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A behavioral logic underlying aggression in an African cichlid fish

22 Jul 2020-bioRxiv (Cold Spring Harbor Laboratory)-

TL;DR: This research found that the relative SL of intruders played an important role in determining behavioral performance, and suggested that A. burtoni males amplify non-physical aggression to settle territorial disputes in response to differences in relative SL that were not previously considered to be behaviorally relevant.

AbstractSocial rank in a hierarchy determines which individuals have access to important resources such as food, shelter, and mates. In the African cichlid fish Astatotilapia burtoni, rank is under social control, such that larger males are more likely than smaller males to be dominant in rank. Although it is well known that the relative size of A. burtoni males is critical in controlling social rank, the specific behavioral strategies underlying responses to males of different sizes are not well understood. In this research, our goal was to characterize these responses by performing resident-intruder assays, in which aggressive behaviors were measured in territorial males in response to the introduction of unfamiliar males that differed in relative standard length (SL). We found that the relative SL of intruders played an important role in determining behavioral performance. Resident males exposed to larger (>5% larger in SL) or matched (between 0 and 5% larger or smaller in SL) intruder males performed more lateral displays, a type of non-physical aggression, compared to resident males exposed to smaller (>5% smaller in SL) intruder males. However, physical aggression, such as chases and bites, did not differ as a function of relative SL. Our results suggest that A. burtoni males amplify non-physical aggression to settle territorial disputes in response to differences in relative SL that were not previously considered to be behaviorally relevant. Highlights Relative size determines social rank in the African cichlid Astatotilapia burtoni Resident male A. burtoni respond differently to small size differences in intruder males Residents perform more non-physical aggression against larger intruders Residents do not alter physical aggression as a function of differently sized intruders Distinct behavioral strategies are used against different intruders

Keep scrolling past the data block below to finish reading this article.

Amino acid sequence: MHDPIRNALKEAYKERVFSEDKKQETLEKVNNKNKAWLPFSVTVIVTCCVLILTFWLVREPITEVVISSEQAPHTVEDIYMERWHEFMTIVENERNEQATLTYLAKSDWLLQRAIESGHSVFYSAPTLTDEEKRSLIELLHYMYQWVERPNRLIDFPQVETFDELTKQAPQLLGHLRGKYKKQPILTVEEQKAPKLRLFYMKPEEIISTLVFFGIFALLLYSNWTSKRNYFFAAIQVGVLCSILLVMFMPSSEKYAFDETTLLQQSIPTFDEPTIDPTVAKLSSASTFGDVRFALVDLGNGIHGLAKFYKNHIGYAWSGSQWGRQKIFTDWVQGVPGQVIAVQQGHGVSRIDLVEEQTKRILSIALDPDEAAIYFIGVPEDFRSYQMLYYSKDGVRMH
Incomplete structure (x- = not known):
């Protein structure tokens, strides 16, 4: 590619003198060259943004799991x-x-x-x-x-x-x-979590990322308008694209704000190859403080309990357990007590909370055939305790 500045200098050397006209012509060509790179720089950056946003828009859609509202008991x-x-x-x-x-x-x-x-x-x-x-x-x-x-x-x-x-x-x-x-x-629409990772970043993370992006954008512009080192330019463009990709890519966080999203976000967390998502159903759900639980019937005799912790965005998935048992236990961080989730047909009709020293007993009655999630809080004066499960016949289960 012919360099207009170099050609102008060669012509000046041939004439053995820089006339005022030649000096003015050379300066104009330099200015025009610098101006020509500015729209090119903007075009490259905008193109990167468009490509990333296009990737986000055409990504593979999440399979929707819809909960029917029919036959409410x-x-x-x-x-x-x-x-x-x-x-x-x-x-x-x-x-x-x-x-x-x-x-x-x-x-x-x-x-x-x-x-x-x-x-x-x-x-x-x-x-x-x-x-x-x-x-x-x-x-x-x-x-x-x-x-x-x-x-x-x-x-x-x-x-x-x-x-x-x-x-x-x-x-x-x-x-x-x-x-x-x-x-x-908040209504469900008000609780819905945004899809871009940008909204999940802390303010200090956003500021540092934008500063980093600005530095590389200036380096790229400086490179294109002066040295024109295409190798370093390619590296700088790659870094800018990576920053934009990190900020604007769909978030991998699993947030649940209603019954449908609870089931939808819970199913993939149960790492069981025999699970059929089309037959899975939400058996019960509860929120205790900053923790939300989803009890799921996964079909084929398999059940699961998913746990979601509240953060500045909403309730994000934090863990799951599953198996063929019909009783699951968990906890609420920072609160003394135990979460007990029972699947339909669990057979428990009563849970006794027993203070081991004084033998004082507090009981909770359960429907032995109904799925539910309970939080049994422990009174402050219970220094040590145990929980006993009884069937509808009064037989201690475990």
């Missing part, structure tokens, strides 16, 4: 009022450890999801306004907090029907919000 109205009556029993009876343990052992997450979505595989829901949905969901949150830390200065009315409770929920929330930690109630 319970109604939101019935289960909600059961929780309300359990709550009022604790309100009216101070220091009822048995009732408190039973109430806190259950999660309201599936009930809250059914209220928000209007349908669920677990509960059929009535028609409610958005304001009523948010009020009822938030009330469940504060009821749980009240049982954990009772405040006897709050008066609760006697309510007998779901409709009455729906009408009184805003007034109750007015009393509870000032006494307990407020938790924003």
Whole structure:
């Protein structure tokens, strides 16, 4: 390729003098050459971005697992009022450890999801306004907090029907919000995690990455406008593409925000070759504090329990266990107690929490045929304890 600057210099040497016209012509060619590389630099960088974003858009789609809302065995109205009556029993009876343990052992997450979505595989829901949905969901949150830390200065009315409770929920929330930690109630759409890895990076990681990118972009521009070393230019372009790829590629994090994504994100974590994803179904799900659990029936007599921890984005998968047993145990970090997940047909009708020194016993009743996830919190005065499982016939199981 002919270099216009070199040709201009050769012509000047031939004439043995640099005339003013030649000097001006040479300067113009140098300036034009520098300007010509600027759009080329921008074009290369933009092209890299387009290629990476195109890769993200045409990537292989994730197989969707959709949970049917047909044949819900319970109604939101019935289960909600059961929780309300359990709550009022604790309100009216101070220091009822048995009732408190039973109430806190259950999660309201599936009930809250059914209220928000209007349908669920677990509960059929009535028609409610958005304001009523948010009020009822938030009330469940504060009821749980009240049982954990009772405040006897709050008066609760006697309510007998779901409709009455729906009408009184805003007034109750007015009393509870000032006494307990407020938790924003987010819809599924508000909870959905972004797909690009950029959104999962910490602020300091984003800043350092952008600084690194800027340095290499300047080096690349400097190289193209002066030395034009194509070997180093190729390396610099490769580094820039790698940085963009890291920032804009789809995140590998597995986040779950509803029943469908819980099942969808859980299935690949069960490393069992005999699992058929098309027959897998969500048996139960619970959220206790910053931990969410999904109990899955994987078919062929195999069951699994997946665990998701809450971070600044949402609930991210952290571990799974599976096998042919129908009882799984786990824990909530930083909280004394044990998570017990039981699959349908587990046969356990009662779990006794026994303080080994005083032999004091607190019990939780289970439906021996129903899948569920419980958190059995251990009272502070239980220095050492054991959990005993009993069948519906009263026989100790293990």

Topics: Astatotilapia burtoni (59%), Aggression (51%)

Summary (3 min read)

Ethical Note

  • The protocols and procedures used here were approved by the Stanford University Administrative Panel on Laboratory Animal Care (protocol number: APLAC_9882) and followed the ASAB/ABS Guidelines for the use of animals in research.
  • The authors were able to monitor the behaviours of all fish throughout each day of the study (see below).
  • Throughout the whole assay, each tank was monitored in real time through a Wi-Fi-enabled camcorder remotely connected to a tablet (iPad).
  • Fish in all other tanks were monitored three times daily by visual inspection, to ensure they experienced no physical harm.
  • No fish were physically harmed at any point during the assay.

General approach

  • The authors took several steps to control for social experience and age of both the resident and intruder, since these factors have been found to influence behavior in A. burtoni (Alcazar et al., 2014; Solomon-Lane & Hofmann, 2019) .
  • To control for previous social experience, the resident and intruder were unrelated and had had no visual, physical, or chemical interaction at any point prior to the assay.
  • Another step the authors took to control for social experience was to socially suppress all males before they were given the social opportunity to ascend to dominance and were provided a territory.
  • The authors also physically isolated socially ascending fish from other fish, to further control for the role of social experience on behavioral responses to the intruder.
  • Finally, all resident-intruder pairs were age-matched, to control for effects of age on behavior (Alcazar et al., 2014) .